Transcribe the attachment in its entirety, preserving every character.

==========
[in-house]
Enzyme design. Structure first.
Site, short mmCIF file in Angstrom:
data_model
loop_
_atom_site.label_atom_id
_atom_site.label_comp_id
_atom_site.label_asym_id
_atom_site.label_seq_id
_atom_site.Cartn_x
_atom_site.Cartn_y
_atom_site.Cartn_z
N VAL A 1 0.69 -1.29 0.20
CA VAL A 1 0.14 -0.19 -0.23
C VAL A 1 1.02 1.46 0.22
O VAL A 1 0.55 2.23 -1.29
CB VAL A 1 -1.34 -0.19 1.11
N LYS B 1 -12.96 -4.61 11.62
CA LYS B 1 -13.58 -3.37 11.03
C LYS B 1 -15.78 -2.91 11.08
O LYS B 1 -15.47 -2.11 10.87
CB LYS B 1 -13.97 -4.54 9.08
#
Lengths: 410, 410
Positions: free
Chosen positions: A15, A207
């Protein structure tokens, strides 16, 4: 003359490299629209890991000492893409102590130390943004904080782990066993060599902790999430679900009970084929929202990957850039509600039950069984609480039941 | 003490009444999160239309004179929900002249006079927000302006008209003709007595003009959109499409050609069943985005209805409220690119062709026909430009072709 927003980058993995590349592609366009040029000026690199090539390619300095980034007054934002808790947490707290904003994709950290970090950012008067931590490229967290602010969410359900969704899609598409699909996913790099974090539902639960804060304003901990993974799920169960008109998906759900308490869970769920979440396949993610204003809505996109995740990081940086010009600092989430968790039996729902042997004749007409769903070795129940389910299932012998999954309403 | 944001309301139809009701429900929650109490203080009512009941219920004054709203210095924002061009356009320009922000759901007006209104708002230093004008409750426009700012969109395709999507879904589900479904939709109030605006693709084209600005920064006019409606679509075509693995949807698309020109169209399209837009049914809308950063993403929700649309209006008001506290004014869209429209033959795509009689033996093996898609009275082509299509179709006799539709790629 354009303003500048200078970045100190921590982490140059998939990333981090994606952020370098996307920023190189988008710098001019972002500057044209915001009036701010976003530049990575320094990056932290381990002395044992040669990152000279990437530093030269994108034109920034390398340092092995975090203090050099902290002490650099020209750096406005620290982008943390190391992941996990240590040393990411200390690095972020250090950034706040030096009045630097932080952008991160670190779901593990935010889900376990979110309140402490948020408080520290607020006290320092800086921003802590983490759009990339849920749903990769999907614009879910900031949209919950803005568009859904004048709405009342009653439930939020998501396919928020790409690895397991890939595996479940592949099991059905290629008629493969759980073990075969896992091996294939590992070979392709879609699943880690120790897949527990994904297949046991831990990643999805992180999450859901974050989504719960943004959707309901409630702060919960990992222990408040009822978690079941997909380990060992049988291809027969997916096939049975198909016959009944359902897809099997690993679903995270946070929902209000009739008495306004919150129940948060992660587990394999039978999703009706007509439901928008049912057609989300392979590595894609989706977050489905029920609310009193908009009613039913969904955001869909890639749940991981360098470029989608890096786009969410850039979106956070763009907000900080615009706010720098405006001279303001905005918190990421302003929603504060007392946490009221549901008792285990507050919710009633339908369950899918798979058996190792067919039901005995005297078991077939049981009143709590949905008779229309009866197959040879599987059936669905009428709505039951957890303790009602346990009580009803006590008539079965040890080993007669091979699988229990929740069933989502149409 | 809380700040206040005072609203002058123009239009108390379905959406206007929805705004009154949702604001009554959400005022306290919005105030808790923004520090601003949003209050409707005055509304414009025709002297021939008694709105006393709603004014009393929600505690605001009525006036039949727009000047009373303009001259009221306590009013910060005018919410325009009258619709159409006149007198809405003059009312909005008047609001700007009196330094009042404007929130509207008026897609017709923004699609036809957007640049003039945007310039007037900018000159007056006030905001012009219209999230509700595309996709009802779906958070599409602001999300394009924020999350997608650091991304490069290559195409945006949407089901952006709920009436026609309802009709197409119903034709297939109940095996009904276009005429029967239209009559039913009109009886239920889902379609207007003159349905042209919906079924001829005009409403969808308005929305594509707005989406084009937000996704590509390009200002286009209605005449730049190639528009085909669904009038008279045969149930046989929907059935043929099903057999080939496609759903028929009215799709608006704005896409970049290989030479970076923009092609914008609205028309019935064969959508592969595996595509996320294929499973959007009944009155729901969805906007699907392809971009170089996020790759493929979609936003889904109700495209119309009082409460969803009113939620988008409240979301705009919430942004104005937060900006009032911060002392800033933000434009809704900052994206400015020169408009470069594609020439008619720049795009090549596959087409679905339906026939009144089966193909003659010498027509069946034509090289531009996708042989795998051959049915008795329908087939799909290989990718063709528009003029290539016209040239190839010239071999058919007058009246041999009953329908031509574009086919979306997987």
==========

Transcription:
[in-house]
Enzyme design. Structure first.
Site, short mmCIF file in Angstrom:
data_model
loop_
_atom_site.label_atom_id
_atom_site.label_comp_id
_atom_site.label_asym_id
_atom_site.label_seq_id
_atom_site.Cartn_x
_atom_site.Cartn_y
_atom_site.Cartn_z
N VAL A 1 0.69 -1.29 0.20
CA VAL A 1 0.14 -0.19 -0.23
C VAL A 1 1.02 1.46 0.22
O VAL A 1 0.55 2.23 -1.29
CB VAL A 1 -1.34 -0.19 1.11
N LYS B 1 -12.96 -4.61 11.62
CA LYS B 1 -13.58 -3.37 11.03
C LYS B 1 -15.78 -2.91 11.08
O LYS B 1 -15.47 -2.11 10.87
CB LYS B 1 -13.97 -4.54 9.08
#
Lengths: 410, 410
Positions: free
Chosen positions: A15, A207
């Protein structure tokens, strides 16, 4: 003359490299629209890991000492893409102590130390943004904080782990066993060599902790999430679900009970084929929202990957850039509600039950069984609480039941 | 003490009444999160239309004179929900002249006079927000302006008209003709007595003009959109499409050609069943985005209805409220690119062709026909430009072709 927003980058993995590349592609366009040029000026690199090539390619300095980034007054934002808790947490707290904003994709950290970090950012008067931590490229967290602010969410359900969704899609598409699909996913790099974090539902639960804060304003901990993974799920169960008109998906759900308490869970769920979440396949993610204003809505996109995740990081940086010009600092989430968790039996729902042997004749007409769903070795129940389910299932012998999954309403 | 944001309301139809009701429900929650109490203080009512009941219920004054709203210095924002061009356009320009922000759901007006209104708002230093004008409750426009700012969109395709999507879904589900479904939709109030605006693709084209600005920064006019409606679509075509693995949807698309020109169209399209837009049914809308950063993403929700649309209006008001506290004014869209429209033959795509009689033996093996898609009275082509299509179709006799539709790629 354009303003500048200078970045100190921590982490140059998939990333981090994606952020370098996307920023190189988008710098001019972002500057044209915001009036701010976003530049990575320094990056932290381990002395044992040669990152000279990437530093030269994108034109920034390398340092092995975090203090050099902290002490650099020209750096406005620290982008943390190391992941996990240590040393990411200390690095972020250090950034706040030096009045630097932080952008991160670190779901593990935010889900376990979110309140402490948020408080520290607020006290320092800086921003802590983490759009990339849920749903990769999907614009879910900031949209919950803005568009859904004048709405009342009653439930939020998501396919928020790409690895397991890939595996479940592949099991059905290629008629493969759980073990075969896992091996294939590992070979392709879609699943880690120790897949527990994904297949046991831990990643999805992180999450859901974050989504719960943004959707309901409630702060919960990992222990408040009822978690079941997909380990060992049988291809027969997916096939049975198909016959009944359902897809099997690993679903995270946070929902209000009739008495306004919150129940948060992660587990394999039978999703009706007509439901928008049912057609989300392979590595894609989706977050489905029920609310009193908009009613039913969904955001869909890639749940991981360098470029989608890096786009969410850039979106956070763009907000900080615009706010720098405006001279303001905005918190990421302003929603504060007392946490009221549901008792285990507050919710009633339908369950899918798979058996190792067919039901005995005297078991077939049981009143709590949905008779229309009866197959040879599987059936669905009428709505039951957890303790009602346990009580009803006590008539079965040890080993007669091979699988229990929740069933989502149409 | 809380700040206040005072609203002058123009239009108390379905959406206007929805705004009154949702604001009554959400005022306290919005105030808790923004520090601003949003209050409707005055509304414009025709002297021939008694709105006393709603004014009393929600505690605001009525006036039949727009000047009373303009001259009221306590009013910060005018919410325009009258619709159409006149007198809405003059009312909005008047609001700007009196330094009042404007929130509207008026897609017709923004699609036809957007640049003039945007310039007037900018000159007056006030905001012009219209999230509700595309996709009802779906958070599409602001999300394009924020999350997608650091991304490069290559195409945006949407089901952006709920009436026609309802009709197409119903034709297939109940095996009904276009005429029967239209009559039913009109009886239920889902379609207007003159349905042209919906079924001829005009409403969808308005929305594509707005989406084009937000996704590509390009200002286009209605005449730049190639528009085909669904009038008279045969149930046989929907059935043929099903057999080939496609759903028929009215799709608006704005896409970049290989030479970076923009092609914008609205028309019935064969959508592969595996595509996320294929499973959007009944009155729901969805906007699907392809971009170089996020790759493929979609936003889904109700495209119309009082409460969803009113939620988008409240979301705009919430942004104005937060900006009032911060002392800033933000434009809704900052994206400015020169408009470069594609020439008619720049795009090549596959087409679905339906026939009144089966193909003659010498027509069946034509090289531009996708042989795998051959049915008795329908087939799909290989990718063709528009003029290539016209040239190839010239071999058919007058009246041999009953329908031509574009086919979306997987």